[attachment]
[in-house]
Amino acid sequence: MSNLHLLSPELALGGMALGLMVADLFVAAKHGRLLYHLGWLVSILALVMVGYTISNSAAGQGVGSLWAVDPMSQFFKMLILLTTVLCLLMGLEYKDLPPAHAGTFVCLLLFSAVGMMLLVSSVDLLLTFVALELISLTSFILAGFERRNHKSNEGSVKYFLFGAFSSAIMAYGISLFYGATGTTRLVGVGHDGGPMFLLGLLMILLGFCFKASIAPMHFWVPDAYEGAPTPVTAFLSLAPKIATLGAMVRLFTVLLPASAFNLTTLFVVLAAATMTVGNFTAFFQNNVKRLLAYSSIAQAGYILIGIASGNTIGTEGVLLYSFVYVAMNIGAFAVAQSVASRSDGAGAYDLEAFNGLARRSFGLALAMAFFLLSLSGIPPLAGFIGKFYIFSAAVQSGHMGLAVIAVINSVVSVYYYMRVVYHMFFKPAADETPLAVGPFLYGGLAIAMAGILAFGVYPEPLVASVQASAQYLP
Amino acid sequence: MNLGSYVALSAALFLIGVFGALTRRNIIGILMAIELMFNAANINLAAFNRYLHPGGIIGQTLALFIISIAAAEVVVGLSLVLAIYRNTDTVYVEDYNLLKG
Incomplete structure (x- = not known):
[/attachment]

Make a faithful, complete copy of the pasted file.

[in-house]
Amino acid sequence: MSNLHLLSPELALGGMALGLMVADLFVAAKHGRLLYHLGWLVSILALVMVGYTISNSAAGQGVGSLWAVDPMSQFFKMLILLTTVLCLLMGLEYKDLPPAHAGTFVCLLLFSAVGMMLLVSSVDLLLTFVALELISLTSFILAGFERRNHKSNEGSVKYFLFGAFSSAIMAYGISLFYGATGTTRLVGVGHDGGPMFLLGLLMILLGFCFKASIAPMHFWVPDAYEGAPTPVTAFLSLAPKIATLGAMVRLFTVLLPASAFNLTTLFVVLAAATMTVGNFTAFFQNNVKRLLAYSSIAQAGYILIGIASGNTIGTEGVLLYSFVYVAMNIGAFAVAQSVASRSDGAGAYDLEAFNGLARRSFGLALAMAFFLLSLSGIPPLAGFIGKFYIFSAAVQSGHMGLAVIAVINSVVSVYYYMRVVYHMFFKPAADETPLAVGPFLYGGLAIAMAGILAFGVYPEPLVASVQASAQYLP
Amino acid sequence: MNLGSYVALSAALFLIGVFGALTRRNIIGILMAIELMFNAANINLAAFNRYLHPGGIIGQTLALFIISIAAAEVVVGLSLVLAIYRNTDTVYVEDYNLLKG
Incomplete structure (x- = not known):